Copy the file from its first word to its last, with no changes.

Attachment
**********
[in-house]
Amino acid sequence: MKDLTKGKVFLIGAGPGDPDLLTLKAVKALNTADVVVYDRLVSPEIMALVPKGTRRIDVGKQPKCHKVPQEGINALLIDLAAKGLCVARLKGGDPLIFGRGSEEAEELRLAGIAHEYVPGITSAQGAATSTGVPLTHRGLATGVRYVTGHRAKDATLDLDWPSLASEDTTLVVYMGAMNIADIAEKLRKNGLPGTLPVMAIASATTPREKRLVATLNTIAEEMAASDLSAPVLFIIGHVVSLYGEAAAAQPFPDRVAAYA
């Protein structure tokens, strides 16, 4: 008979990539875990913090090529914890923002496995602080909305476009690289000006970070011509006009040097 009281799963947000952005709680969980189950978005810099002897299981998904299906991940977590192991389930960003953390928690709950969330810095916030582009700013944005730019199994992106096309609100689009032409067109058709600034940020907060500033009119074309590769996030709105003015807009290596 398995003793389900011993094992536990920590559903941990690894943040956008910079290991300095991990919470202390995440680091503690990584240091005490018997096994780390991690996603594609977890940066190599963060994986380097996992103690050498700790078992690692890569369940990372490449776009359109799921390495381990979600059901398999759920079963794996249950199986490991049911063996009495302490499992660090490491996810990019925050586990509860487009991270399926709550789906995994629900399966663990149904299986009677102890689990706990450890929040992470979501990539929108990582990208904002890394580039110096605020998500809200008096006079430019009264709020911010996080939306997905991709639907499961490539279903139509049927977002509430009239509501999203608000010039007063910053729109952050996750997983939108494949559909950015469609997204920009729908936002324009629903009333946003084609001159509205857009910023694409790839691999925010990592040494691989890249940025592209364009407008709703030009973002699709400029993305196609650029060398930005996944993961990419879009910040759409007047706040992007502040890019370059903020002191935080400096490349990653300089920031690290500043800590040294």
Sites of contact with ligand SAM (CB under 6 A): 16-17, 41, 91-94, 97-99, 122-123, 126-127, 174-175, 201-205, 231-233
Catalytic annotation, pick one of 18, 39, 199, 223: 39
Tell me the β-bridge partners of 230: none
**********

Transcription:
[in-house]
Amino acid sequence: MKDLTKGKVFLIGAGPGDPDLLTLKAVKALNTADVVVYDRLVSPEIMALVPKGTRRIDVGKQPKCHKVPQEGINALLIDLAAKGLCVARLKGGDPLIFGRGSEEAEELRLAGIAHEYVPGITSAQGAATSTGVPLTHRGLATGVRYVTGHRAKDATLDLDWPSLASEDTTLVVYMGAMNIADIAEKLRKNGLPGTLPVMAIASATTPREKRLVATLNTIAEEMAASDLSAPVLFIIGHVVSLYGEAAAAQPFPDRVAAYA
């Protein structure tokens, strides 16, 4: 008979990539875990913090090529914890923002496995602080909305476009690289000006970070011509006009040097 009281799963947000952005709680969980189950978005810099002897299981998904299906991940977590192991389930960003953390928690709950969330810095916030582009700013944005730019199994992106096309609100689009032409067109058709600034940020907060500033009119074309590769996030709105003015807009290596 398995003793389900011993094992536990920590559903941990690894943040956008910079290991300095991990919470202390995440680091503690990584240091005490018997096994780390991690996603594609977890940066190599963060994986380097996992103690050498700790078992690692890569369940990372490449776009359109799921390495381990979600059901398999759920079963794996249950199986490991049911063996009495302490499992660090490491996810990019925050586990509860487009991270399926709550789906995994629900399966663990149904299986009677102890689990706990450890929040992470979501990539929108990582990208904002890394580039110096605020998500809200008096006079430019009264709020911010996080939306997905991709639907499961490539279903139509049927977002509430009239509501999203608000010039007063910053729109952050996750997983939108494949559909950015469609997204920009729908936002324009629903009333946003084609001159509205857009910023694409790839691999925010990592040494691989890249940025592209364009407008709703030009973002699709400029993305196609650029060398930005996944993961990419879009910040759409007047706040992007502040890019370059903020002191935080400096490349990653300089920031690290500043800590040294």
Sites of contact with ligand SAM (CB under 6 A): 16-17, 41, 91-94, 97-99, 122-123, 126-127, 174-175, 201-205, 231-233
Catalytic annotation, pick one of 18, 39, 199, 223: 39
Tell me the β-bridge partners of 230: none